It’s great that the St. Louis Cardinals acknowledged the one thing that most people who watch the team have known for a couple of years — that the team is desperately in need of at least one imposing, middle-of-the-order hitter.
But it’s very odd that the team at the same time announced the firing of its pitching coach and bullpen coach while announcing its hitting coach will be retained.
The club’s pitching seemed to be the one thing that kept it afloat late through a long and uneven season. Its hitters broke the club record for the third year in a row for strikeouts, showed no indications that its batters understood the concept of situational hitting and went on long, unexplained production lulls.
I want to believe the Redbirds will make changes to their personnel to make the club much more competitive next season against the Chicago Cubs. But it’s hard to have a lot of faith when a club that said it would cure its defensive, hitting and baserunning last off-season through coaching, then failed, will do what it needs to do when it refuses to improve the coaches that handle the offense.
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Not only is it difficult to expect different results from players who continued to be guided in the same way. But it’s also hard to believe free agents and players who have no-trade clauses are going to want to come into a situation where there is no clear path to reversing St. Louis’ playoff drought.
The Redbirds like to be known for their restraint. But they have to think outside the box this year because they can’t afford to pass on opportunities to improve this club when the asking price is 10 percent more than they wanted to spend on a key player.
The abundance of youth on the St. Louis roster doesn’t only benefit the team because of the talent the up and coming players bring. It also helps that the Cardinals are populating several key roster spots, including two starting pitchers and a starting shortstop, with guys who are making the major-league minimum salary.
The team easily could pay $30 million to $40 million to fill those spots with middle-of-the-road veterans. Take those savings and plow them into a player who is a difference-maker.
St. Louis also doesn’t have the luxury of waiting around for glamorous free agents Bryce Harper and Manny Machado to hit the market after next year. If they do, what happens if the Cardinals whiff when the bidding gets too high for their comfort level?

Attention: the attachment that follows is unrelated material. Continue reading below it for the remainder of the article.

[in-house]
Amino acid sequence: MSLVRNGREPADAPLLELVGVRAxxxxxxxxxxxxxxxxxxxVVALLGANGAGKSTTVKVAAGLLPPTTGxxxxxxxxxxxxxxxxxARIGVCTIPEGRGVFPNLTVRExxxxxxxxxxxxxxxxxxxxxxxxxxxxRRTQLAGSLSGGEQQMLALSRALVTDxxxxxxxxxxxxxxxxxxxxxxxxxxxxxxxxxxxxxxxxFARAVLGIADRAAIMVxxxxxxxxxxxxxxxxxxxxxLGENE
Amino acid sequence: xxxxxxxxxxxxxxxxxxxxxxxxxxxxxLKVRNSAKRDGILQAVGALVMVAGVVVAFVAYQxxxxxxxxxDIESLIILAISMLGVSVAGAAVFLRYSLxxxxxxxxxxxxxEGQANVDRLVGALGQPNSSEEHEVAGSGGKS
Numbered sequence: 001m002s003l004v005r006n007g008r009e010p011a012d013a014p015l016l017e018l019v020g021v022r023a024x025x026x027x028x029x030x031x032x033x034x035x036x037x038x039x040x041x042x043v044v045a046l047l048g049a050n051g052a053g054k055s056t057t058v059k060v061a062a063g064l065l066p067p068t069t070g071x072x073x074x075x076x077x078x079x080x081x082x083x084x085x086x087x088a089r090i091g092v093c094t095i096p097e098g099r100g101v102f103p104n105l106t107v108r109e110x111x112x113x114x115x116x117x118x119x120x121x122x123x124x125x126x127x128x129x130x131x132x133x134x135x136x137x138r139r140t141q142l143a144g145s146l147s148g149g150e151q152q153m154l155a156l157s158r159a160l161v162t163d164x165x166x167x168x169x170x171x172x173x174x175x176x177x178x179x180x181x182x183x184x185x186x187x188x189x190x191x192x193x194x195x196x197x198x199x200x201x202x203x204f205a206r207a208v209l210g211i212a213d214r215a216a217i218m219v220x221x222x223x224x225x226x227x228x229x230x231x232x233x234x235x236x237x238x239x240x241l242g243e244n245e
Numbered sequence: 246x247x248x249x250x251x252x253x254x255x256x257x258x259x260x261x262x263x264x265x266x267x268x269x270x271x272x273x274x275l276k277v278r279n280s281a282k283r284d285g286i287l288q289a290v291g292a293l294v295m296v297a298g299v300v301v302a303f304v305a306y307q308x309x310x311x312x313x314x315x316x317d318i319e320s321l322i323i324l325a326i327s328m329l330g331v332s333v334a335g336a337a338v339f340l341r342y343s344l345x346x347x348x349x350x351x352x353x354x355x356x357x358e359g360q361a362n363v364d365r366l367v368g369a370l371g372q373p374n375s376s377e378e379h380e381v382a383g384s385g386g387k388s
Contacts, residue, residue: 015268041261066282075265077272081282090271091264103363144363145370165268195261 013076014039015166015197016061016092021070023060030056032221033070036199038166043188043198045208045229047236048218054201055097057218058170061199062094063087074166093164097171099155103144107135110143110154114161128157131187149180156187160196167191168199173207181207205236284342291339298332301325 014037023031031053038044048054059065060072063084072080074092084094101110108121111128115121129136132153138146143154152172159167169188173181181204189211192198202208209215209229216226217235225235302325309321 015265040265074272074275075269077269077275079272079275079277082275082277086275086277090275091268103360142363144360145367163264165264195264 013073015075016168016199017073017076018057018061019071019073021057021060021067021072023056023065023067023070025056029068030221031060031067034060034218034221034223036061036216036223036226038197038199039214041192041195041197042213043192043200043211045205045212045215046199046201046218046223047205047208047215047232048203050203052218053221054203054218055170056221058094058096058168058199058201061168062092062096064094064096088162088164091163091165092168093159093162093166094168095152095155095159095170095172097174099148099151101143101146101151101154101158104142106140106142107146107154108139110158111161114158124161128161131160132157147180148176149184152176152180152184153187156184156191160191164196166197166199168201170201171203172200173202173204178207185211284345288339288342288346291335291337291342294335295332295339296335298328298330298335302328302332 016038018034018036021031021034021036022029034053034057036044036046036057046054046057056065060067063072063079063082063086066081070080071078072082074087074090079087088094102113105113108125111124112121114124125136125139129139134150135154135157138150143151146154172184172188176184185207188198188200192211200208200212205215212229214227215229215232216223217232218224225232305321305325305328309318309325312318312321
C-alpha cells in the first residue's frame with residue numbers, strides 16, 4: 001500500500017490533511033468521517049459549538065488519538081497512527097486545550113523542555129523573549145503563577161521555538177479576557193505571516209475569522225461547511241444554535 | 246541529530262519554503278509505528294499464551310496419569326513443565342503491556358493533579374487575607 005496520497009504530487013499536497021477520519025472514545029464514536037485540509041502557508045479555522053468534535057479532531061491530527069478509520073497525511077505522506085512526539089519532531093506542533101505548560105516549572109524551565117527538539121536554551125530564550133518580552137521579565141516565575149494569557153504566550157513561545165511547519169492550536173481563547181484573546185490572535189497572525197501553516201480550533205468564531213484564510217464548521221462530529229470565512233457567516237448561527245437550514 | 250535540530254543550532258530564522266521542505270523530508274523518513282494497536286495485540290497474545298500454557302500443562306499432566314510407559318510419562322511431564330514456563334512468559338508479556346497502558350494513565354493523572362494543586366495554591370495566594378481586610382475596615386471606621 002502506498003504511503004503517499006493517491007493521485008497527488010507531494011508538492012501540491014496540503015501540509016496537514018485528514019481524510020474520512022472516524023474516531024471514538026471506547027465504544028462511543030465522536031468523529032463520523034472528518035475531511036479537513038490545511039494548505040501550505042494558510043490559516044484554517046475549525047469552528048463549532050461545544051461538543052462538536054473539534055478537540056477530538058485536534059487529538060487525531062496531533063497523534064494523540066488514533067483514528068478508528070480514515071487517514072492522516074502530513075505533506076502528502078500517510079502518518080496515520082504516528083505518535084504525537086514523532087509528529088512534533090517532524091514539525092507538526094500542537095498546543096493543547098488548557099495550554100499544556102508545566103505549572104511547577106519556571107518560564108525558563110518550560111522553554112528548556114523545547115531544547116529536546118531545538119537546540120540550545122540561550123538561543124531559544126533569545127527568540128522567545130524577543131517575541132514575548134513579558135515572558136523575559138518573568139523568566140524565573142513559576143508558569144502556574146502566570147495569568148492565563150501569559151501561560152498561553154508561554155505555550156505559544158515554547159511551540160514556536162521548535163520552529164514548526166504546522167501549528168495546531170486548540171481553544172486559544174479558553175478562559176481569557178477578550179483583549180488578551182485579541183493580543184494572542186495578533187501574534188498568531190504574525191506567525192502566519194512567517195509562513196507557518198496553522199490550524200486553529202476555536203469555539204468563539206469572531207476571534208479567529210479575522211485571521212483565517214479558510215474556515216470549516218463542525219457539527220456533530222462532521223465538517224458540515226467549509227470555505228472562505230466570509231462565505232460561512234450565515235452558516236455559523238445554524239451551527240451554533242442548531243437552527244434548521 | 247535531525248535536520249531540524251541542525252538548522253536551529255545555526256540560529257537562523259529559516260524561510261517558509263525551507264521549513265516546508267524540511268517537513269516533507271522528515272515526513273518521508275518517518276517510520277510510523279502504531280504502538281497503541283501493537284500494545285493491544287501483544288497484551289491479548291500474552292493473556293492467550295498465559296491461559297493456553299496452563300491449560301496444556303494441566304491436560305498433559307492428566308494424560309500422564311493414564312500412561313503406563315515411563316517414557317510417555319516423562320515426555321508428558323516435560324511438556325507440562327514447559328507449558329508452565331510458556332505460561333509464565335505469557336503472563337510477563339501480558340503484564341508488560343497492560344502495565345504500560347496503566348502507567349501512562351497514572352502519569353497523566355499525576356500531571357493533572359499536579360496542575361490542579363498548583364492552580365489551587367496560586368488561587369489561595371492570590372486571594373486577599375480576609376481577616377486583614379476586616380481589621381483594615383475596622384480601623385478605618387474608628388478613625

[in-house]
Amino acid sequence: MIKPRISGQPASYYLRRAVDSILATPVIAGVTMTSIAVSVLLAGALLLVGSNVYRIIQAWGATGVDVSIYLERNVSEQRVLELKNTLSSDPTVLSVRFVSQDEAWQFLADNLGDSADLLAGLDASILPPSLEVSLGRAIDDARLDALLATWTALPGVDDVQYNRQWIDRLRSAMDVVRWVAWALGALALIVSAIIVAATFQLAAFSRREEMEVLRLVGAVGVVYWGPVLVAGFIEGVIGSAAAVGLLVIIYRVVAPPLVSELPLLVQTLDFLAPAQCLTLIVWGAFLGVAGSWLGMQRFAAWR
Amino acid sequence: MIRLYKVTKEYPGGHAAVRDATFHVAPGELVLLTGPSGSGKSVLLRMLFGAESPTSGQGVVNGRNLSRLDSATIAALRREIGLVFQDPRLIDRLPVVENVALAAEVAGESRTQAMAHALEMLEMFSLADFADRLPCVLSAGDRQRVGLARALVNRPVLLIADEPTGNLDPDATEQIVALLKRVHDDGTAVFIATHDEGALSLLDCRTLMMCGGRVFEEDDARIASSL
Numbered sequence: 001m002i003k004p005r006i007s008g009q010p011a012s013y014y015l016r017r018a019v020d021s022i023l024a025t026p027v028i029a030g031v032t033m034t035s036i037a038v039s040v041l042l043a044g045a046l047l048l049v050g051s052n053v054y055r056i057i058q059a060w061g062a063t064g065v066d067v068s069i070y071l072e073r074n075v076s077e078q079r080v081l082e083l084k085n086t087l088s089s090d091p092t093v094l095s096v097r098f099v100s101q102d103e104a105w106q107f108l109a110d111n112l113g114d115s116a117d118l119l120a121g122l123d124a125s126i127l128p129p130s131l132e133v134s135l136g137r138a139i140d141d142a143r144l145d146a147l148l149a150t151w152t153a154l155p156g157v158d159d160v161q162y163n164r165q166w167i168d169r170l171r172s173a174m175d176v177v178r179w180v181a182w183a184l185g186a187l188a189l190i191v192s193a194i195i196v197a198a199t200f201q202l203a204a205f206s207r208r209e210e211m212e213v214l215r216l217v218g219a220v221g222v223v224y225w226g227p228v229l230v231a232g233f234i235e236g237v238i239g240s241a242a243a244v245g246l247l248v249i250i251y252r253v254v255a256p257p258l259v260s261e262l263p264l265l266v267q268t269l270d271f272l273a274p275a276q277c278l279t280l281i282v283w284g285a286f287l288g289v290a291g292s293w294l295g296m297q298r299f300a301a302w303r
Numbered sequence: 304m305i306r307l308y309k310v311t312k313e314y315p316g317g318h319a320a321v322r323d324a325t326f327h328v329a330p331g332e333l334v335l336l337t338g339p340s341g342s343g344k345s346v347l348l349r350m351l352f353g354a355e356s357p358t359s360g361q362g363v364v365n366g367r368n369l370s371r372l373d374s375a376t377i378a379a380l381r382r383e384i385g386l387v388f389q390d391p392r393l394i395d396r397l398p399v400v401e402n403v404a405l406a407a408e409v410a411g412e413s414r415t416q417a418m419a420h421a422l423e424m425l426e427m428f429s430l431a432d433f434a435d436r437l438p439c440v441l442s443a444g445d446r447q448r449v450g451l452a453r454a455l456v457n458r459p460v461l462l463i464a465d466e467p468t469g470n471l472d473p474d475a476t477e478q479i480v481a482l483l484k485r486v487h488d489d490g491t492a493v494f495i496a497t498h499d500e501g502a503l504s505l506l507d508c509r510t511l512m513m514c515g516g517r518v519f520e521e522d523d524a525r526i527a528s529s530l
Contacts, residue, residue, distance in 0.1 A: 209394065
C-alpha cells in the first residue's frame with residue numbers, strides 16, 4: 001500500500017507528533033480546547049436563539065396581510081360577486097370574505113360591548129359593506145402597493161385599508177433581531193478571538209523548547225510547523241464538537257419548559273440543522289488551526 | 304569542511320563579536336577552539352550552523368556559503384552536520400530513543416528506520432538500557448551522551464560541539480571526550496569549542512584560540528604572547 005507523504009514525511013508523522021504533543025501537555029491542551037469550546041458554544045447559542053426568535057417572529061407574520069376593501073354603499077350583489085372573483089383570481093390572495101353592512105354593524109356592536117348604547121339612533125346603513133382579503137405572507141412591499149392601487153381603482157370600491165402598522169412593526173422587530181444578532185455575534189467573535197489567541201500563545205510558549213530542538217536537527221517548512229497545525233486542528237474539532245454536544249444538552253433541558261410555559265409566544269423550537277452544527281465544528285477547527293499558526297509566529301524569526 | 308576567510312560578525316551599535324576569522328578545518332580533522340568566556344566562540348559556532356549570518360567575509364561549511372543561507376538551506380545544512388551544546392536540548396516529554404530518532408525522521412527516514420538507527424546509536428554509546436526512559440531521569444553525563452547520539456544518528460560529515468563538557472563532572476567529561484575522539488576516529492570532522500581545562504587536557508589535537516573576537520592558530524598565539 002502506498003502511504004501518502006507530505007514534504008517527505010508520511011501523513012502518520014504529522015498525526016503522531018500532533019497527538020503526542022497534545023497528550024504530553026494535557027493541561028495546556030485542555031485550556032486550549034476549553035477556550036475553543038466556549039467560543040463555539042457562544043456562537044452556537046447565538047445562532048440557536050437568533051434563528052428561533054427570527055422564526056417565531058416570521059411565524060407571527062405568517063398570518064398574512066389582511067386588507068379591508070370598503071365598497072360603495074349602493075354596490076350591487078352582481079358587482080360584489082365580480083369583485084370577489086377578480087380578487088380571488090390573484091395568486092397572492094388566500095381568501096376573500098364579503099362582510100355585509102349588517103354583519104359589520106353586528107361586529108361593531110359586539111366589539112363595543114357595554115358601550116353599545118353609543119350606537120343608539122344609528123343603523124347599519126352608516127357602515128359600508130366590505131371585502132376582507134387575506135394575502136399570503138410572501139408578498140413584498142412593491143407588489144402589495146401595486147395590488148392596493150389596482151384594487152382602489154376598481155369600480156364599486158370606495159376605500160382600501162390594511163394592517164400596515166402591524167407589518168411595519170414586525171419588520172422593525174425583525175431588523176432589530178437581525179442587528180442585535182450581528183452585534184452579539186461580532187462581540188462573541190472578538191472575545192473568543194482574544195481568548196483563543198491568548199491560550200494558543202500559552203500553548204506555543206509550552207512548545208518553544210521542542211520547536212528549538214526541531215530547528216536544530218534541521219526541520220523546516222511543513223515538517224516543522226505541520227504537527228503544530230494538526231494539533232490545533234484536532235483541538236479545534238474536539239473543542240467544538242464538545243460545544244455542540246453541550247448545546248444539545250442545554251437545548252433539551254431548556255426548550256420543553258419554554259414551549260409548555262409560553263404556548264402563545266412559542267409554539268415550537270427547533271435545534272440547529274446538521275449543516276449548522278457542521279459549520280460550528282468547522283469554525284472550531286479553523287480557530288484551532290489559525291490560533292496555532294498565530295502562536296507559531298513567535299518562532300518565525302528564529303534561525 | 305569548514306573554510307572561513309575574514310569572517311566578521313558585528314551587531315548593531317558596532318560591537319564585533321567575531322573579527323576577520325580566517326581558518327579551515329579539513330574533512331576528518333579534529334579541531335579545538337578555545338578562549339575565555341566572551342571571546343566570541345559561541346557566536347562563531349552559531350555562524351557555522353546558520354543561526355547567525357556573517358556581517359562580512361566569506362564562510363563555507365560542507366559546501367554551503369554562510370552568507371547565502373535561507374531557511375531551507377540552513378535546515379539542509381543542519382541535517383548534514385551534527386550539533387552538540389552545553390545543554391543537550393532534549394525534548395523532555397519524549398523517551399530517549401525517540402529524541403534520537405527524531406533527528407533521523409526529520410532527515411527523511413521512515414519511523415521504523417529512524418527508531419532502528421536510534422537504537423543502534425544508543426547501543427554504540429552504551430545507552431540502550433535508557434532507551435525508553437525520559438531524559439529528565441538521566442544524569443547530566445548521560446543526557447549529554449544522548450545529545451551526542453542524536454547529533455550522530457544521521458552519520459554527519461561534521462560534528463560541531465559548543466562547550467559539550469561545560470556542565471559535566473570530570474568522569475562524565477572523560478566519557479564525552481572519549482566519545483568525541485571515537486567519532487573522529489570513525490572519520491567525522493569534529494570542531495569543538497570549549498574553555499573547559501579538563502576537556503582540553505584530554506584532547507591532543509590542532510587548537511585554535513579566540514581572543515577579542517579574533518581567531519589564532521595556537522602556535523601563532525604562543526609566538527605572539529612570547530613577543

While I would love to see Machado man the hot corner in Cardinals red, the odds of that happening are slim. However, if that’s the end goal, the Birds at least need to make a play for a short-term slugger like Toronto’s Josh Donaldson to get them through 2018.
There is too much young talent on the Cardinals roster to waste two or three years trying to hunt down that man in the middle of the batting order. And it’s not going to be good for the team’s drawing power to miss out on the playoffs for another year or two.
But would it be worth it to trade away young talent to land Donaldson in a rental deal or a more efficient way to handle the team’s resources to go out and sign Kansas City Royals free agent third baseman Mike Moustakas?
It’s great that the Birds are committed to developing young players. But that’s only one of several avenues to improve a team. The Cardinals are tying their own hands behind their backs by ignoring the opportunity to improve this team by making a significant trade or by fishing in the deep end of the free-agent pool.
On another note, I feel bad for the members of the Cardinals coaching staff who were let go. But I hope the team makes an effort to improve in this area as opposed to simply rearranging the deck chairs on the Titanic. I know one of the two jobs — pitching coach and bullpen coach — is likely to go to Class AAA Memphis pitching coach Bryan Eversgerd. But this would be a great opportunity to bring former Cy Young Award winner Chris Carpenter back into the fold.
Carpenter late last season expressed interest in getting back into the mix with St. Louis. The Cardinals front office ought to make every effort to bring him back into the organization before some other team adopts him.